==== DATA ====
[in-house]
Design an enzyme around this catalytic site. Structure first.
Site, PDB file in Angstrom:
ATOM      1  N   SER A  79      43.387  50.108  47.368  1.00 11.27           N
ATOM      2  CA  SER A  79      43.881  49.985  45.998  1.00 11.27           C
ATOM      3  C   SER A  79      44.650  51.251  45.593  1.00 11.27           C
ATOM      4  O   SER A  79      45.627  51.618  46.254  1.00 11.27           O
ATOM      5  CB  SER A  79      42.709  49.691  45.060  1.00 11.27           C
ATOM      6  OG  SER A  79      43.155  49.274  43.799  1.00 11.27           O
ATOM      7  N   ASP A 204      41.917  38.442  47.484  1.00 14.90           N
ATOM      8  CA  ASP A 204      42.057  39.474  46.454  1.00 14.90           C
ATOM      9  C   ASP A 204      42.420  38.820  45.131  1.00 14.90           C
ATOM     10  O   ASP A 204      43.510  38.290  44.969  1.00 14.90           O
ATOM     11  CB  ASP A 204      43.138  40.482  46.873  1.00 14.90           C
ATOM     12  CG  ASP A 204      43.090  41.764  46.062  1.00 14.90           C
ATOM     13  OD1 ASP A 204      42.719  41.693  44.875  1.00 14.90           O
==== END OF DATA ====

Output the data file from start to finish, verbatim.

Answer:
[in-house]
Design an enzyme around this catalytic site. Structure first.
Site, PDB file in Angstrom:
ATOM      1  N   SER A  79      43.387  50.108  47.368  1.00 11.27           N
ATOM      2  CA  SER A  79      43.881  49.985  45.998  1.00 11.27           C
ATOM      3  C   SER A  79      44.650  51.251  45.593  1.00 11.27           C
ATOM      4  O   SER A  79      45.627  51.618  46.254  1.00 11.27           O
ATOM      5  CB  SER A  79      42.709  49.691  45.060  1.00 11.27           C
ATOM      6  OG  SER A  79      43.155  49.274  43.799  1.00 11.27           O
ATOM      7  N   ASP A 204      41.917  38.442  47.484  1.00 14.90           N
ATOM      8  CA  ASP A 204      42.057  39.474  46.454  1.00 14.90           C
ATOM      9  C   ASP A 204      42.420  38.820  45.131  1.00 14.90           C
ATOM     10  O   ASP A 204      43.510  38.290  44.969  1.00 14.90           O
ATOM     11  CB  ASP A 204      43.138  40.482  46.873  1.00 14.90           C
ATOM     12  CG  ASP A 204      43.090  41.764  46.062  1.00 14.90           C
ATOM     13  OD1 ASP A 204      42.719  41.693  44.875  1.00 14.90           O